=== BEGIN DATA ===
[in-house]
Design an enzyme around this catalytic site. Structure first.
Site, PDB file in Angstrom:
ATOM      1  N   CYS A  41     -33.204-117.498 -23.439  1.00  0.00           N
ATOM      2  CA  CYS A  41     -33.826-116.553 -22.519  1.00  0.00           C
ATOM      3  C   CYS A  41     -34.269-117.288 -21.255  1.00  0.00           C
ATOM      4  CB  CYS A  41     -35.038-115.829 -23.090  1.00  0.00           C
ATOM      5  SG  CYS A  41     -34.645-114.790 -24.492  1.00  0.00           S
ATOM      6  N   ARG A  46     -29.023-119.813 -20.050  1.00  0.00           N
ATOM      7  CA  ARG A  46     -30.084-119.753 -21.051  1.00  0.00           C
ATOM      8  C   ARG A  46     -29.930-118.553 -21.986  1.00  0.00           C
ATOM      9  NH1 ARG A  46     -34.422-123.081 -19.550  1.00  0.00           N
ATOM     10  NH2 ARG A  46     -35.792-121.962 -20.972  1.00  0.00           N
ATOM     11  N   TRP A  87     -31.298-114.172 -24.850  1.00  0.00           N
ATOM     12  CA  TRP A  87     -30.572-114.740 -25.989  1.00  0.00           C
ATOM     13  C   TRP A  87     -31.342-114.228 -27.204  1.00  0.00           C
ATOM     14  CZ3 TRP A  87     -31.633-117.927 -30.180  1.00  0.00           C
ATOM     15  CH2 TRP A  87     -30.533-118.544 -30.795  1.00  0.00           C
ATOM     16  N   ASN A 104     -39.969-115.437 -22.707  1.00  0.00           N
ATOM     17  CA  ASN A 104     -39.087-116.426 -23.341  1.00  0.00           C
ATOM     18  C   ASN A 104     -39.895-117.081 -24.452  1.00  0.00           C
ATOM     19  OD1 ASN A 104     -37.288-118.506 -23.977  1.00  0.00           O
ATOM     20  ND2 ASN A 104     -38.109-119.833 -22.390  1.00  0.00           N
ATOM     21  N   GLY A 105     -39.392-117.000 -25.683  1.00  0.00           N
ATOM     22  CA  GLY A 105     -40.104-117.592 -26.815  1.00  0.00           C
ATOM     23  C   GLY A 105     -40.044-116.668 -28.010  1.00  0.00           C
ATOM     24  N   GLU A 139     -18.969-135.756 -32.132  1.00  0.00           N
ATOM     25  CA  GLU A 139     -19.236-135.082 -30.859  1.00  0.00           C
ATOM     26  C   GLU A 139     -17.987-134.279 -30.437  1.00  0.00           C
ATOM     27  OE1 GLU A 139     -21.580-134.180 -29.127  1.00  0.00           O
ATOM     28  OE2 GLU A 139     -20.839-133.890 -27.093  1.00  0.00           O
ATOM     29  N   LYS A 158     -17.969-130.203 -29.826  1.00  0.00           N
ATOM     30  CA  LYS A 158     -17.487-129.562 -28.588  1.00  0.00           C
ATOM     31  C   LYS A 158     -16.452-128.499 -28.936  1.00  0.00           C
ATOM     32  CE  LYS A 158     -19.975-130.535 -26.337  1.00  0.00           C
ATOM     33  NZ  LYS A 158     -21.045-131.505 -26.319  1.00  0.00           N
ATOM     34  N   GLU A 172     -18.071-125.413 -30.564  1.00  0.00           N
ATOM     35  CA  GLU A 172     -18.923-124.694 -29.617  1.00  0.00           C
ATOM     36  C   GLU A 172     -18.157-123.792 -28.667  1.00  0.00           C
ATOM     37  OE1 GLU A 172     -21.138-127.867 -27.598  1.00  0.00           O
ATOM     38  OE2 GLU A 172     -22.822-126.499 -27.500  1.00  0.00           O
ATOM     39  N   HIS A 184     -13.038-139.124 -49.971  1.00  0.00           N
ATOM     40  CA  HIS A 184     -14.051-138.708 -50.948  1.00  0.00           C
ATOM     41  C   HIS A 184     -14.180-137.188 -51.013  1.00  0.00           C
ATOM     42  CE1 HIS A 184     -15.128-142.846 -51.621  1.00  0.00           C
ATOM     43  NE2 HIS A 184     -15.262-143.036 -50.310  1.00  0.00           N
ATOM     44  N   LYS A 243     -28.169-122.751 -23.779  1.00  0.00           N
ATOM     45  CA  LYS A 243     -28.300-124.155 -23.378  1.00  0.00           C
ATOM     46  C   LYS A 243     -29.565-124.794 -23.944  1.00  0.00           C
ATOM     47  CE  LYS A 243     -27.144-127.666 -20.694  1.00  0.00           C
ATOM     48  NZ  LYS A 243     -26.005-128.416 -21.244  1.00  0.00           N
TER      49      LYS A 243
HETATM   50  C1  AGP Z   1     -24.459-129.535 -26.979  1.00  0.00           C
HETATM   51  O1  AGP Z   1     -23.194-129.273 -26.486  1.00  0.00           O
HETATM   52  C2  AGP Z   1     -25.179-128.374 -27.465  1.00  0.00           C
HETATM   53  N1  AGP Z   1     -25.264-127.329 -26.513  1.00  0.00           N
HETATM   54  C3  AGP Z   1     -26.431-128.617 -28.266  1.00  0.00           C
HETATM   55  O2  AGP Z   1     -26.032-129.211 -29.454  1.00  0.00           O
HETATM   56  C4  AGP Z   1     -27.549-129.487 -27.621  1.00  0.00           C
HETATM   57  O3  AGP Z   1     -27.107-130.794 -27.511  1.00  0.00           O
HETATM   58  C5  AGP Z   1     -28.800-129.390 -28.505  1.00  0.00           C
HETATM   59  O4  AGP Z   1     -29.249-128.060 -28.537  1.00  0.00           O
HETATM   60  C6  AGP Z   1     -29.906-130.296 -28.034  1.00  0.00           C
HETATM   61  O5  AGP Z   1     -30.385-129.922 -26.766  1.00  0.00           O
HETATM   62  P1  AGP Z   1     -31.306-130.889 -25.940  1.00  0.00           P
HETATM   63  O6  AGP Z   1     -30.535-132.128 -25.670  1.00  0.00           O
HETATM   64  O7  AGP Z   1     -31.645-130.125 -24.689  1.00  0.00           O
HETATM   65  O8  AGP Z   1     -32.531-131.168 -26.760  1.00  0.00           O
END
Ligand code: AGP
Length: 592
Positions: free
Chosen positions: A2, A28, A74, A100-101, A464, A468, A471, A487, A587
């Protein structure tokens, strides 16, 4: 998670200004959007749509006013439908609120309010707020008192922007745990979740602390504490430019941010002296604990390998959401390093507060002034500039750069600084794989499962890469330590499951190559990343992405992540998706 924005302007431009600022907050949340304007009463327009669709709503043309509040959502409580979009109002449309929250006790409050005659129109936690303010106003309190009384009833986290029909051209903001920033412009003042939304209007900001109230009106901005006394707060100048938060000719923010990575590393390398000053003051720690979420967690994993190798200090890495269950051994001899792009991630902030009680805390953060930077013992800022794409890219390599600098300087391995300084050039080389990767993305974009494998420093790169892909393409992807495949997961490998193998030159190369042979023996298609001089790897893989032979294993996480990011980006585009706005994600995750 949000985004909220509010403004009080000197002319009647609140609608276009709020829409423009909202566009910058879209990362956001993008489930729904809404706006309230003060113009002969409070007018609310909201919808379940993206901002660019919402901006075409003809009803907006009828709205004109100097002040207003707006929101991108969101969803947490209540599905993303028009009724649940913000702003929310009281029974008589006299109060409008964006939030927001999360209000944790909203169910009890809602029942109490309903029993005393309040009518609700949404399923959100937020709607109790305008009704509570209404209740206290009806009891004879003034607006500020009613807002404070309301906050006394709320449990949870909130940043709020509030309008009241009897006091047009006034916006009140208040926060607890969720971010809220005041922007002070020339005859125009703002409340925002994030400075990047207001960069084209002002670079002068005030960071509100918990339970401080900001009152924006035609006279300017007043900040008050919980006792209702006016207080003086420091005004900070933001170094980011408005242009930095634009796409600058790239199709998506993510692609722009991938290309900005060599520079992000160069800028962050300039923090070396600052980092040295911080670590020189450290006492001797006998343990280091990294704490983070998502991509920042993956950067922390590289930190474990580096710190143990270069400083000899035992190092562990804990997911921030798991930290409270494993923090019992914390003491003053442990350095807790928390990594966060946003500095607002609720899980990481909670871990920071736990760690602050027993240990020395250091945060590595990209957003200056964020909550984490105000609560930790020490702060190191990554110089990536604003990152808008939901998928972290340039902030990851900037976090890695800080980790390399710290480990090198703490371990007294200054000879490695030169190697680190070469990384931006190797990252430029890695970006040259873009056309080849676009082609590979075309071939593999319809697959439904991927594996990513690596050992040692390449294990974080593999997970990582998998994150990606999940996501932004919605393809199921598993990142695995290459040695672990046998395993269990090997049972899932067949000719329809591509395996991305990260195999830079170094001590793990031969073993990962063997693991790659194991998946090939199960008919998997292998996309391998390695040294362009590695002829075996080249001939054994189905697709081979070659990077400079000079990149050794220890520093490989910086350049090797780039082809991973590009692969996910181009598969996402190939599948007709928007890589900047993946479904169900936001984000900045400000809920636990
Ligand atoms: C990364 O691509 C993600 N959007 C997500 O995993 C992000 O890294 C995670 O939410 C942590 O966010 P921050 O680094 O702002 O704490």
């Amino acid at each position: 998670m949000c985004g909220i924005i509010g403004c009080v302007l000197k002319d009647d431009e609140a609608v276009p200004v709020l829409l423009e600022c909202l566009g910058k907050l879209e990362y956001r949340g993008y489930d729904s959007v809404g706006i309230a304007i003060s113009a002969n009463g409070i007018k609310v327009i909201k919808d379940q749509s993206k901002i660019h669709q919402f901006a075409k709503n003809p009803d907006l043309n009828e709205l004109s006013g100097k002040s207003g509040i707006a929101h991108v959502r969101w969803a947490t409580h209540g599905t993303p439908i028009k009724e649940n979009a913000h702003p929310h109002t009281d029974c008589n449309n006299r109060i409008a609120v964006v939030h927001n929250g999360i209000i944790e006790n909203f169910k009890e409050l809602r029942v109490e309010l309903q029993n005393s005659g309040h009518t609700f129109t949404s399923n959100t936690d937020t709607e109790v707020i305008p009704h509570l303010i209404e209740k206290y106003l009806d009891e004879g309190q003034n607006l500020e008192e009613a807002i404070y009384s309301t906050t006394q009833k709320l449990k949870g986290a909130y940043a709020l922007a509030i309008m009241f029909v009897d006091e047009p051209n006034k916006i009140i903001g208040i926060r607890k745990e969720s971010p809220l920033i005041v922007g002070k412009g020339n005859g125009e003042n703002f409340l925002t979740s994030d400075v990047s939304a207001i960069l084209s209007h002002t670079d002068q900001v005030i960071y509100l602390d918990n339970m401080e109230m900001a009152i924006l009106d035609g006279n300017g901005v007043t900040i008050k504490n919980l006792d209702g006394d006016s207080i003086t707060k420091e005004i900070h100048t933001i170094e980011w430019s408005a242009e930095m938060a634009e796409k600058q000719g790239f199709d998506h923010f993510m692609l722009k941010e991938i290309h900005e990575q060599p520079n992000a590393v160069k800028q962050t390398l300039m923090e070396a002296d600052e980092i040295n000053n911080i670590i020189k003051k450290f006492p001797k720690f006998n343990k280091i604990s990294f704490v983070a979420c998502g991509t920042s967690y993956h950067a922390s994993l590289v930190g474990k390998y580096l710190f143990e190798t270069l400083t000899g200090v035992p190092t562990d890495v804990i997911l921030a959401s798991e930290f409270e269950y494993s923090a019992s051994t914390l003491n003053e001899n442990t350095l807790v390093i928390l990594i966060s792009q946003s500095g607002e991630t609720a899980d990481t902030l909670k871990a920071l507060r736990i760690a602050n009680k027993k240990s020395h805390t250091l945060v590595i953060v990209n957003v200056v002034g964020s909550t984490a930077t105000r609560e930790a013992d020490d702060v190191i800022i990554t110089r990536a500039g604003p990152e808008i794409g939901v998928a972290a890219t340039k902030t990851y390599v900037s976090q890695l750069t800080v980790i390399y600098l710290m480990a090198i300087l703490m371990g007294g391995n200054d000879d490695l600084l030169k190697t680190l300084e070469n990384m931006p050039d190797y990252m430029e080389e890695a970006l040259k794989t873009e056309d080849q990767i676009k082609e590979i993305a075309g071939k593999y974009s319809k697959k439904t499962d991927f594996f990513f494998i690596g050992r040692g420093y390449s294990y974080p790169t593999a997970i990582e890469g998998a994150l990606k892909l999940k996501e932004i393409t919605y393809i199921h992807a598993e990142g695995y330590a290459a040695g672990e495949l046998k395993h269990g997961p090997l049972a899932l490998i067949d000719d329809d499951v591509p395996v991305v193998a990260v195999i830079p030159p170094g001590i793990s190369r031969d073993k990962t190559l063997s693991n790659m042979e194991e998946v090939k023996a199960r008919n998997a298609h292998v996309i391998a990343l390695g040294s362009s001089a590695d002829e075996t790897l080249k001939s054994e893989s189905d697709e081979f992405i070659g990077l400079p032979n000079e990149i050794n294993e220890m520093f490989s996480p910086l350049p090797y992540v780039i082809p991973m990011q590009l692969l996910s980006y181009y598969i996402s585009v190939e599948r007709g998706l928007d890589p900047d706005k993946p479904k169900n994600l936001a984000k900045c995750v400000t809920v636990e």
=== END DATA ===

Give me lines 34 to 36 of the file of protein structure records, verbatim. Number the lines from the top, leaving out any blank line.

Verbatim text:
ATOM     31  C   LYS A 158     -16.452-128.499 -28.936  1.00  0.00           C
ATOM     32  CE  LYS A 158     -19.975-130.535 -26.337  1.00  0.00           C
ATOM     33  NZ  LYS A 158     -21.045-131.505 -26.319  1.00  0.00           N